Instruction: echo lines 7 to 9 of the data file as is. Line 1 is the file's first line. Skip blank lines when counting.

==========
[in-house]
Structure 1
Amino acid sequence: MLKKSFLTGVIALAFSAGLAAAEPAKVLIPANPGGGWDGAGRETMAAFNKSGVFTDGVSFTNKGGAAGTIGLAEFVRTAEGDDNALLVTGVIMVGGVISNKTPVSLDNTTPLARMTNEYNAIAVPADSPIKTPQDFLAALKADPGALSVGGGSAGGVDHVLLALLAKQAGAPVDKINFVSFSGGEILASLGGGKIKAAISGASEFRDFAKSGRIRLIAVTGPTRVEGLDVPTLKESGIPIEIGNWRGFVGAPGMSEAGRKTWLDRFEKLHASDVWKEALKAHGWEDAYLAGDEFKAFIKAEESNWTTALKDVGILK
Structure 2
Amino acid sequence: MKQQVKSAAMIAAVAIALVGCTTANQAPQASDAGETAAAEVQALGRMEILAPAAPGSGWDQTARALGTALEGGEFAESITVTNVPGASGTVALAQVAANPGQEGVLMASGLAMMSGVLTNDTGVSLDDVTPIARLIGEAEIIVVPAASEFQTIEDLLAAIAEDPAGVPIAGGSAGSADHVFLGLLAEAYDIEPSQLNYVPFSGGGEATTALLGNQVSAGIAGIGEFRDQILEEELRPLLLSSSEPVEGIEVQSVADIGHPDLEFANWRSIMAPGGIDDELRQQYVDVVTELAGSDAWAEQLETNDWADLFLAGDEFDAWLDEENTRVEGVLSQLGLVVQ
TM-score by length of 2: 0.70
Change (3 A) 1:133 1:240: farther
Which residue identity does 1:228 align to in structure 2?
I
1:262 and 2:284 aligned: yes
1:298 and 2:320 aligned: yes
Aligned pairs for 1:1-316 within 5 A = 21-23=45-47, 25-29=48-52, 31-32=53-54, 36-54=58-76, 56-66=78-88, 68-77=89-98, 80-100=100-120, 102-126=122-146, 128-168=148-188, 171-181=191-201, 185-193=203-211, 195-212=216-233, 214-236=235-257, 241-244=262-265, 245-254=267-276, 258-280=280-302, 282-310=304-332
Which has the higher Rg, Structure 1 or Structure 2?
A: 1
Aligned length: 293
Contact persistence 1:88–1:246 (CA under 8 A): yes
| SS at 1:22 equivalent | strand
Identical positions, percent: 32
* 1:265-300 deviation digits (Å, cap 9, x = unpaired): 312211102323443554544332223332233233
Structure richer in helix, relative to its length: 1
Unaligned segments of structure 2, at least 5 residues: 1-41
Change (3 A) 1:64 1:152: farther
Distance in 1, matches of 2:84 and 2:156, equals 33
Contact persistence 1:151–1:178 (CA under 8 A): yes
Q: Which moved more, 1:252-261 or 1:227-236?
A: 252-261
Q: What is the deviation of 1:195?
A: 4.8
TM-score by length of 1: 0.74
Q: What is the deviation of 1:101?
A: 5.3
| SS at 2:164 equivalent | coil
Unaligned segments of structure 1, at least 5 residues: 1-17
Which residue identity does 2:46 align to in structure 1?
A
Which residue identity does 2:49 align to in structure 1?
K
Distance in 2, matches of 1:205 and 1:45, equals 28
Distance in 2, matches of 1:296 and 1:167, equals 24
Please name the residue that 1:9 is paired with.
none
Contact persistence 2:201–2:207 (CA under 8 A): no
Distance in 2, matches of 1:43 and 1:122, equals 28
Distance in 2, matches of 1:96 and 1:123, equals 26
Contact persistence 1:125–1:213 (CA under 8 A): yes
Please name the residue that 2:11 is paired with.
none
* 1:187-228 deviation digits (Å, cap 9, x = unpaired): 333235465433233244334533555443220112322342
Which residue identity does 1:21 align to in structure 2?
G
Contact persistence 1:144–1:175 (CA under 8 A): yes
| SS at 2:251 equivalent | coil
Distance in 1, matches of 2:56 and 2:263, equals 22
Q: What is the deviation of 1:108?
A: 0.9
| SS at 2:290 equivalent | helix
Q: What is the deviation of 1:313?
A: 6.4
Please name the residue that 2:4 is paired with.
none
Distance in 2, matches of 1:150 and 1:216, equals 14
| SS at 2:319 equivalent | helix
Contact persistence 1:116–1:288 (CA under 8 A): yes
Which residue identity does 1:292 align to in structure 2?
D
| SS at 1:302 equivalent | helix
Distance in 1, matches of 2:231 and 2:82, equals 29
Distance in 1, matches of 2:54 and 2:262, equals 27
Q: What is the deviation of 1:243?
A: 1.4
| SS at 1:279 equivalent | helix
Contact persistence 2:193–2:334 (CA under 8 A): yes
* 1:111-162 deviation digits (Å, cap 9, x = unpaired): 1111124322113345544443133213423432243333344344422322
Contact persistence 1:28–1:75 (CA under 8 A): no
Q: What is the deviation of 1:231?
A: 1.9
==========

Change (3 A) 1:133 1:240: farther
Which residue identity does 1:228 align to in structure 2?
I